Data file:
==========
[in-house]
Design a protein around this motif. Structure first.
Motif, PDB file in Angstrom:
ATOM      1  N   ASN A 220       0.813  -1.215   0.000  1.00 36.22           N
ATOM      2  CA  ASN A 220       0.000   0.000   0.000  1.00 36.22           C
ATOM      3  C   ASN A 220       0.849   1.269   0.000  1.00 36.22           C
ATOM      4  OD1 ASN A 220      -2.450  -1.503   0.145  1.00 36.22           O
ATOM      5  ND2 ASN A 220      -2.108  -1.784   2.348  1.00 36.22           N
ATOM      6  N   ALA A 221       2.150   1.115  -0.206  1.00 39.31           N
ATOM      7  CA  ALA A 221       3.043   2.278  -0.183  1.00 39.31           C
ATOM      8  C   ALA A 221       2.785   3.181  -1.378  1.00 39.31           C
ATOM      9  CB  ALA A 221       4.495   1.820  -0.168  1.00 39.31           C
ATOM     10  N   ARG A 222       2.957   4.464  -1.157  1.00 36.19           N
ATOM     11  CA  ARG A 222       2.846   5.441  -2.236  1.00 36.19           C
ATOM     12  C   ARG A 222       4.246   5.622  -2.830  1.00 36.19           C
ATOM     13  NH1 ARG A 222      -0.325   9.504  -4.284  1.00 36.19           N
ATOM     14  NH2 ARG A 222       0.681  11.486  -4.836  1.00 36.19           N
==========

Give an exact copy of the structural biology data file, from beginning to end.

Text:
[in-house]
Design a protein around this motif. Structure first.
Motif, PDB file in Angstrom:
ATOM      1  N   ASN A 220       0.813  -1.215   0.000  1.00 36.22           N
ATOM      2  CA  ASN A 220       0.000   0.000   0.000  1.00 36.22           C
ATOM      3  C   ASN A 220       0.849   1.269   0.000  1.00 36.22           C
ATOM      4  OD1 ASN A 220      -2.450  -1.503   0.145  1.00 36.22           O
ATOM      5  ND2 ASN A 220      -2.108  -1.784   2.348  1.00 36.22           N
ATOM      6  N   ALA A 221       2.150   1.115  -0.206  1.00 39.31           N
ATOM      7  CA  ALA A 221       3.043   2.278  -0.183  1.00 39.31           C
ATOM      8  C   ALA A 221       2.785   3.181  -1.378  1.00 39.31           C
ATOM      9  CB  ALA A 221       4.495   1.820  -0.168  1.00 39.31           C
ATOM     10  N   ARG A 222       2.957   4.464  -1.157  1.00 36.19           N
ATOM     11  CA  ARG A 222       2.846   5.441  -2.236  1.00 36.19           C
ATOM     12  C   ARG A 222       4.246   5.622  -2.830  1.00 36.19           C
ATOM     13  NH1 ARG A 222      -0.325   9.504  -4.284  1.00 36.19           N
ATOM     14  NH2 ARG A 222       0.681  11.486  -4.836  1.00 36.19           N